There’s Always Tomorrow – Episode 02

Sailesh Thakrar © The main characters from the story Illustration: Sailesh Thakrar

Getting tired of waiting, Hamish leaped out, sniffed the air and barked. 

He might either have been announcing his arrival or giving instructions to the pack. 

The driver’s door was knocked open, and a huge Rottweiler clambered down to stretch luxuriously after the cramped journey, followed by an ancient collie cross and a small dog of uncertain breed. 

Hamish sniffed the air. More importantly, he sniffed food. 

He trotted over to the humans, followed by the Rottweiler and the other dogs. 

“It’s all right,” Helen said quickly. “Tanya is soft as butter. No need to be scared.” 

“Scared?” The man smiled. “I’ve had worse things to scare me than a big dog.” 

He clicked his finger and thumb together. Tanya’s ears pricked, then she eased forward, sniffing the hand which was offered to her. 

“She’s a rescue dog,” Helen explained. “They all are. Hamish! Come here!” 

The little Westie had trotted past the man’s legs and into the house, from which there came a smell of homemade soup. 

“I like a dog who knows his mind.” The man laughed. “It’s a miserable day and your cottage will be cold because it’s been empty, so why not come in for soup and a cup of tea? 

“If you do, I’ll use your key to go into your cottage and switch on the heating.” 

Helen was staring at Tanya, who was grunting in pleasure as the man’s hand scratched her neck. 

“I don’t believe it,” she said. “She was mistreated by her previous owner and she’s scared of strangers, especially men.” 

The man smiled. 

“I’m not a stranger,” he pointed out. “I’m your next-door neighbour. My name’s Larry. 

“Now, if you’re happy for me to switch your heating on, come out of the rain.” 

This wasn’t what she wanted. She wanted to hide, not to be helped. 

“Your dogs have voted,” Larry said gently. “All of them, apart from this big soft lump.” 

He ruffled the hair along Tanya’s back and she wriggled ecstatically. 

“But I can’t just invade you,” Helen protested. “Not with four dogs and three cats in the van. Are you sure?” 

“I’m sure,” he replied. “Seven rescue animals? What’s your name? It’s not St Francis of Assisi, by any chance?”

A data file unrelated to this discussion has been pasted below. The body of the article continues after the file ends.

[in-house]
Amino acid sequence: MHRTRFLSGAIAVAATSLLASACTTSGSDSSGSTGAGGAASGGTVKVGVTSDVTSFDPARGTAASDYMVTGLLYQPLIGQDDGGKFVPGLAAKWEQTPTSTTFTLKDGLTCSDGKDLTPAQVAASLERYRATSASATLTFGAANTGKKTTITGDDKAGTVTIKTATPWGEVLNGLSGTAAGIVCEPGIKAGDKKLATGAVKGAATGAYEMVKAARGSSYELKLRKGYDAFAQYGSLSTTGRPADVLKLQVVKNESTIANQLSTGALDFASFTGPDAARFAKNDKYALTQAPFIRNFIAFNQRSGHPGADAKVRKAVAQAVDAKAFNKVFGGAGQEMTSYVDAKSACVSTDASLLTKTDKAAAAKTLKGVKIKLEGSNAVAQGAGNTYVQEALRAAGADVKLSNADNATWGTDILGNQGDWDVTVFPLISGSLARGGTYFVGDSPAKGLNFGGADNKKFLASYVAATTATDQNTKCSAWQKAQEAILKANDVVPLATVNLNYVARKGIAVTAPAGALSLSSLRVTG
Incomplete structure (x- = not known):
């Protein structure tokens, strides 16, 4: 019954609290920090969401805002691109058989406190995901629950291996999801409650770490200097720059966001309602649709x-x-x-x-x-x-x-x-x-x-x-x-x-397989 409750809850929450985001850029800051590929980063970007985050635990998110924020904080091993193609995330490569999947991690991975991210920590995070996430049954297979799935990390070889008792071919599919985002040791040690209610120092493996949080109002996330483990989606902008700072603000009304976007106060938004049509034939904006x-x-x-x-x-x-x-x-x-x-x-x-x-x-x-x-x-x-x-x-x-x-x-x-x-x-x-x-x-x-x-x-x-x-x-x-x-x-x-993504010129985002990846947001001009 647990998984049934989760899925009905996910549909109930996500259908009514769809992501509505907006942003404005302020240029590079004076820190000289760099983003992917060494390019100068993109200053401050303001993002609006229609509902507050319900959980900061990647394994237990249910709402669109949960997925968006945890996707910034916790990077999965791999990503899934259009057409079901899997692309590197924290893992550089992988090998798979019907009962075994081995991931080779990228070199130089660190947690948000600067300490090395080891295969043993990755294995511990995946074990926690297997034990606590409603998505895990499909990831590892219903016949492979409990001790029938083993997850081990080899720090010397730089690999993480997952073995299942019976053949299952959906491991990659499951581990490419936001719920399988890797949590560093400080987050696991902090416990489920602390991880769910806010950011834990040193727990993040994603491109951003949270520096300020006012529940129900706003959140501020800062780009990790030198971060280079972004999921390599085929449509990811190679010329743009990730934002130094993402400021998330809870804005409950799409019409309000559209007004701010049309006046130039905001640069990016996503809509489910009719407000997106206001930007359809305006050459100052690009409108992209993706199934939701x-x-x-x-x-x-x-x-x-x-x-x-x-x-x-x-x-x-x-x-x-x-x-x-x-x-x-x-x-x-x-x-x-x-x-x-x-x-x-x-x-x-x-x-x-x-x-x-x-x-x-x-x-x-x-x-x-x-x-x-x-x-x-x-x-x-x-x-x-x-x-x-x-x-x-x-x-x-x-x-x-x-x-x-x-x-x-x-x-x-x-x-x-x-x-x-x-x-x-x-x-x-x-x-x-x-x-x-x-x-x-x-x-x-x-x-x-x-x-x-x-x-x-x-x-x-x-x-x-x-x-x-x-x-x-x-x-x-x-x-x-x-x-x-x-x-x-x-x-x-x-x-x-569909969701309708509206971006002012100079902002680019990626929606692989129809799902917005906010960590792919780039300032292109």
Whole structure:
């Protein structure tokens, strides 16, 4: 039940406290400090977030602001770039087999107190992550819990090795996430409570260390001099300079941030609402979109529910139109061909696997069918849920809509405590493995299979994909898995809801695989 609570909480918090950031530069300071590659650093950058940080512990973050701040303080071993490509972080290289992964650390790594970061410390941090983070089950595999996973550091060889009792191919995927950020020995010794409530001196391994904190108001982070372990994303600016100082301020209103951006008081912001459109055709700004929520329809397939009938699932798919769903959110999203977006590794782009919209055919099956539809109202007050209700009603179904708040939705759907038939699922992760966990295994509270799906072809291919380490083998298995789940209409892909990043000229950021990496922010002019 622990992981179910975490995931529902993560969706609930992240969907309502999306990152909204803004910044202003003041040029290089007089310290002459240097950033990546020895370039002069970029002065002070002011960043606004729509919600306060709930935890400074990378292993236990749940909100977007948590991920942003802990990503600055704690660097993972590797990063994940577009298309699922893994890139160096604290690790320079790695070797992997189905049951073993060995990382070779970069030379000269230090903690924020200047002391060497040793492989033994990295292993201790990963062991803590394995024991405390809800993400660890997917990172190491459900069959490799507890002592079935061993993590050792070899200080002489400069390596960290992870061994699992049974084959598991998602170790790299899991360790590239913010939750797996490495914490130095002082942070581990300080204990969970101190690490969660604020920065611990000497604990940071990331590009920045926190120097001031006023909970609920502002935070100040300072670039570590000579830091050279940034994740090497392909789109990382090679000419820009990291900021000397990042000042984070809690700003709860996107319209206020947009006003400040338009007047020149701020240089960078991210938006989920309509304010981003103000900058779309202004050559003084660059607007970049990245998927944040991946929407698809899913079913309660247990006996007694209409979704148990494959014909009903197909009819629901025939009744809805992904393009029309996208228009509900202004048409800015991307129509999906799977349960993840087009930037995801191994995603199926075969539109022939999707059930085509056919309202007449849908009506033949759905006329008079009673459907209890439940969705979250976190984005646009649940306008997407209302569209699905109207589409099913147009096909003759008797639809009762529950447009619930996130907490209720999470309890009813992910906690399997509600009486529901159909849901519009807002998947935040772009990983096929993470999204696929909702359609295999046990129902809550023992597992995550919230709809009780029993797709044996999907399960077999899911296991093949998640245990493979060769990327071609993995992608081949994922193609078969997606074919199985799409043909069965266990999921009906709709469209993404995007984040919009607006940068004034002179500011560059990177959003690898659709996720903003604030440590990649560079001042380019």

A squall of wind sent rain drops swirling into the doorway and over both of them. 

Helen shivered. Then, for the first time in many months, the beginnings of a smile appeared on her face. 

“Not saintly,” she told him. “I’m just plain Helen Malcolm of Baschurch – which is a little village near Shrewsbury.” 

Larry took his hand from Tanya and held it out. 

“Well, Helen Malcolm of Baschurch, you’re a long way from home. Welcome to Scotland. Go in and warm yourself; I’ll be back in a minute.” 

Lorna Williamson tidied away the remains of her breakfast, rinsed the worst off her dishes and put them into her dishwasher. 

She glanced out of her kitchen window, watching the long grass of her back garden flatten under another blast of wind. 

It wailed round her kitchen door, then her window rattled with rain again. 

Time for action, she thought. This was the first day of the rest of her life, and she wasn’t going to spend it indoors, hiding from the sound of the storm outside. 

This wild weather would be part and parcel of the new life she had chosen, far away from big cities and their crowded roads. 

It was the first challenge of her new start. 

Throughout her working life, if she had found herself facing a challenge, she had never rested until she had brought it under control and dealt with it. 

Lorna sighed. As head teacher of a primary school in one of the roughest areas of Manchester, there had been no choice. 

Her job had been to lead, to be fearless and to handle anything that came through her door, be it wild kids, argumentative parents or frowning school inspectors. 

Therefore, she wouldn’t let a shower of rain stop her from surveying her new territory, letting the wind blow the last shreds of work worries from her mind. 

Lorna was ready for the next chapter in her life: the retirement she had always dreamed she would have, to the peace and quiet of the countryside. 

To be continued…

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